Detailed architectural and architectonic descriptions manifesting the chimney as “the one great domineering object” of the narrator’s house characterize the opening pages of the story (328). Intermingled with these descriptions, the narrator recounts the various interpersonal and business-related stratagems he has been forced to adopt in order to protect his chimney from the “Northern influences” that would threaten it. Numbered in this company are his mortgagee, the narrator’s own wife and daughters, and Mr. Hiram Scribe—“a rough sort of architect” (341). The key subplot implicated with the narrator’s fears for his chimney concerns its provenance. The narrator’s “late kinsman, Captain Julian Dacres” built the house, along with its stupendous chimney, and upon his death a rumour developed concerning supposed “concealed treasure” in the chimney (346). Once the architect Scribe insinuates, in correspondence to the chimney’s alter ego (the narrator), “that there is architectural cause to conjecture that somewhere concealed in your chimney is a reserved space, hermetically closed, in short, a secret chamber, or rather closet” the narrator’s wife and daughter use Scribe’s suggestion of a possible connection to Dacres’s alleged hidden treasure to reiterate their calls for the chimney’s destruction (345):
Although they had never before dreamed of such a revelation as Mr. Scribe’s, yet upon the first suggestion they instinctively saw the extreme likelihood of it. In corroboration, they cited first my kinsman, and second, my chimney; alleging that the profound mystery involving the former, and the equally profound masonry involving the latter, though both acknowledged facts, were alike preposterous on any other supposition than the secret closet. (347)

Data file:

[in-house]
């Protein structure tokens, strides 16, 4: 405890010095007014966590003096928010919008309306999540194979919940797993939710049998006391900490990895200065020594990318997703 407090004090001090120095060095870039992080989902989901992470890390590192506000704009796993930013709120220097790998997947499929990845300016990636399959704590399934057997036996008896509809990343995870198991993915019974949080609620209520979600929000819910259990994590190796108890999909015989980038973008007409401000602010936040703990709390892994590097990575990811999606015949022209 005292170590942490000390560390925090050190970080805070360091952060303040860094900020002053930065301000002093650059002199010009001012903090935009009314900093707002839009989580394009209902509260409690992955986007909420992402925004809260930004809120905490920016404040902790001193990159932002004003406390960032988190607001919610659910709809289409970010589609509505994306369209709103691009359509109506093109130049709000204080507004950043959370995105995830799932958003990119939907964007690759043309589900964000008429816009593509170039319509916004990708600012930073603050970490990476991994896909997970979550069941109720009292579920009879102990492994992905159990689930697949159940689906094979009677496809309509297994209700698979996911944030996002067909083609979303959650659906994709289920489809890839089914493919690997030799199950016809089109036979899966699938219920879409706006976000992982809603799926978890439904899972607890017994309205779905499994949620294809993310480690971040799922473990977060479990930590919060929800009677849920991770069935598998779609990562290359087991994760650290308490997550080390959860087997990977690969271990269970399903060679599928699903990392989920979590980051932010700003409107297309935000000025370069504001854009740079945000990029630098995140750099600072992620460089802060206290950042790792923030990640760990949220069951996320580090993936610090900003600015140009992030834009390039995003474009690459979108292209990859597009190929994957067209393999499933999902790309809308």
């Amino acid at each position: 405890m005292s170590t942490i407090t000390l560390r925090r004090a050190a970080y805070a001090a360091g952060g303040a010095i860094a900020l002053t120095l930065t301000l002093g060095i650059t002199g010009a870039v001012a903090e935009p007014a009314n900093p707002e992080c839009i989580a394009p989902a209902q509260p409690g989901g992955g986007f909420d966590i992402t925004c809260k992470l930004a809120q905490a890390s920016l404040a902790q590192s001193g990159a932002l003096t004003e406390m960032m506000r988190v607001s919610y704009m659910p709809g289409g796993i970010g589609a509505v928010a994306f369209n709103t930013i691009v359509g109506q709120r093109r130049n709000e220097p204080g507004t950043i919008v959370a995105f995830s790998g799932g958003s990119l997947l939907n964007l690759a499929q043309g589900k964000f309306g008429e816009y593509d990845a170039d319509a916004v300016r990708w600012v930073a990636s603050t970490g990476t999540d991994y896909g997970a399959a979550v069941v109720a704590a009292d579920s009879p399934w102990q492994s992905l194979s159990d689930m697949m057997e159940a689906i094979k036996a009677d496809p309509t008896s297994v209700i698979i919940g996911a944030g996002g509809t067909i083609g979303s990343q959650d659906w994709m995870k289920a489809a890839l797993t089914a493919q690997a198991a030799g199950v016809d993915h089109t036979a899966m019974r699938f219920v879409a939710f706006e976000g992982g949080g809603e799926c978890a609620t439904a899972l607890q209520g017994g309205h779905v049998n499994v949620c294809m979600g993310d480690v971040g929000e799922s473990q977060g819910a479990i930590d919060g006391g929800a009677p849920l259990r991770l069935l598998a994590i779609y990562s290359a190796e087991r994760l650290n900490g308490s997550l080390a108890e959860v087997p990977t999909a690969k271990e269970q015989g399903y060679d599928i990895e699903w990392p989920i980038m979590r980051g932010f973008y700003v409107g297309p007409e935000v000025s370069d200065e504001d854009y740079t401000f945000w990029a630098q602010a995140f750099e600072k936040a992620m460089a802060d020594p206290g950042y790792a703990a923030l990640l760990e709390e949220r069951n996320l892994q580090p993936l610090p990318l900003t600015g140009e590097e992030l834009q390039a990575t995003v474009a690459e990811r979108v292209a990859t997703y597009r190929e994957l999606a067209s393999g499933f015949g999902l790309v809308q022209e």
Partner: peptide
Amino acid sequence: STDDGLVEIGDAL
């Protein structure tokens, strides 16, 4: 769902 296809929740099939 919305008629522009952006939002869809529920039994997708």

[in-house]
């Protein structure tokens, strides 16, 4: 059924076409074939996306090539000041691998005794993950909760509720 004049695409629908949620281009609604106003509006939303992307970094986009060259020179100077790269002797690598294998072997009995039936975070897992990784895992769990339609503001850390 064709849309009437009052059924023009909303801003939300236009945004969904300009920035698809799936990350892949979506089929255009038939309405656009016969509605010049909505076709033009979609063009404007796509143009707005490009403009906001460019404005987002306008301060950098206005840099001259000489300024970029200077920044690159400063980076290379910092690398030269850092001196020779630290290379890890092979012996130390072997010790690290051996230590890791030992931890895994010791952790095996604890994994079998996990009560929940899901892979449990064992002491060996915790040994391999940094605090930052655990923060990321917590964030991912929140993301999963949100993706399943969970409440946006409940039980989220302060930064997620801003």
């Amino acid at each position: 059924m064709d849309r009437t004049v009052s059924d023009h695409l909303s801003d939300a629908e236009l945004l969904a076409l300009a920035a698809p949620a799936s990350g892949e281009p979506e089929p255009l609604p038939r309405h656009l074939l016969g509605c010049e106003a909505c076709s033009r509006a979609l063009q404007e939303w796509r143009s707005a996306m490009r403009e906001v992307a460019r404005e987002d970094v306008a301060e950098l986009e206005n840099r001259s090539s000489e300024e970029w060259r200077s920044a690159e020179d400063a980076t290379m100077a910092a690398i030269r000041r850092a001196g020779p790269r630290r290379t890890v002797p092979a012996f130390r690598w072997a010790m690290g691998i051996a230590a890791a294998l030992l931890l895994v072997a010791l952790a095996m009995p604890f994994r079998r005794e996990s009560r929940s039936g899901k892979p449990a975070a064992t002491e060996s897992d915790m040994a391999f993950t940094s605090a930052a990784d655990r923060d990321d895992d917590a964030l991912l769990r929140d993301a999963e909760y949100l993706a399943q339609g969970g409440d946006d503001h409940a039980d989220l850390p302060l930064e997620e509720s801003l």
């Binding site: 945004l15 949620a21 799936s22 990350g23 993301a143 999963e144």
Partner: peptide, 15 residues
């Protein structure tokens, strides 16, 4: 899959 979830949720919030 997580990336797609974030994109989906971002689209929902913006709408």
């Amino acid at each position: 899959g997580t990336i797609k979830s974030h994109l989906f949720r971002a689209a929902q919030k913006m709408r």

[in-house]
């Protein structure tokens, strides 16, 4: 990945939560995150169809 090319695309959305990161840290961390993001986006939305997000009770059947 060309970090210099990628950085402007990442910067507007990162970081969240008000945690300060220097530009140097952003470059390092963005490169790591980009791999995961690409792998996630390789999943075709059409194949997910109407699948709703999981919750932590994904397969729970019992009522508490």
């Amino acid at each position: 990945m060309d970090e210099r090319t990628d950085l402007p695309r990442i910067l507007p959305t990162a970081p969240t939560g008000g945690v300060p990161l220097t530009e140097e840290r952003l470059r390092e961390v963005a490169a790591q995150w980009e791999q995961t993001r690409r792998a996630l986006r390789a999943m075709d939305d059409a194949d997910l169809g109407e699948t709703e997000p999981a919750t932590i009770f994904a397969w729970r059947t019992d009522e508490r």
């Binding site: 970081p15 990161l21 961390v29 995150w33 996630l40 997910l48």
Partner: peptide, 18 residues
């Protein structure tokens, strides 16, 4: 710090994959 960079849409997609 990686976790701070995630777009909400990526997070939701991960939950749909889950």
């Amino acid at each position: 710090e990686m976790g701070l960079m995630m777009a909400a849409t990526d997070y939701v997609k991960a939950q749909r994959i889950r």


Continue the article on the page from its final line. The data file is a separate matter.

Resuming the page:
To protect his chimney, the narrator bribes Mr. Scribe, inviting him to produce a “‘little certificate—something, say, like a steam-boat certificate, certifying that you, a competent surveyor, have surveyed my chimney, and found no reason to believe any unsoundness; in short, any—any secret closet in it’” (351). Having enticed Scribe to scribe words against himself, the narrator concludes his tale triumphantly: “I am simply standing guard over my mossy old chimney; for it is resolved between me and my chimney, that I and my chimney will never surrender” (354).
Despite its inherent interest, literary critics have largely overlooked “I and My Chimney”. Katja Kanzler observes that “together with much of [Melville’s] other short fiction, and his uncollected magazine pieces in particular, it has never really come out of the shadow of the more epic texts long considered his masterpieces” (583). To the extent that critics have engaged the story, they have mainly read it as traditional allegory (Chatfield; Emery; Sealts; Sowder). Further, the allegorical trend in the reception of Melville’s text clusters within the period from the early 1940s to the early 1980s. More recently, other critics have explored new ways of reading Melville’s story, but none, to my knowledge, have re-investigated its dominant allegorical mode of reception in the light of the post-structural engagements with allegory captured succinctly in Fredric Jameson’s work (Allison; Kanzler; Wilson). This article acknowledges the perspicacity of the mid-twentieth-century tradition of the allegorical interpretation of Melville’s story, while nuancing its insights through greater attention to the spatialized materiality of the text, its “geomorphic” nature, and its broader historical contexts.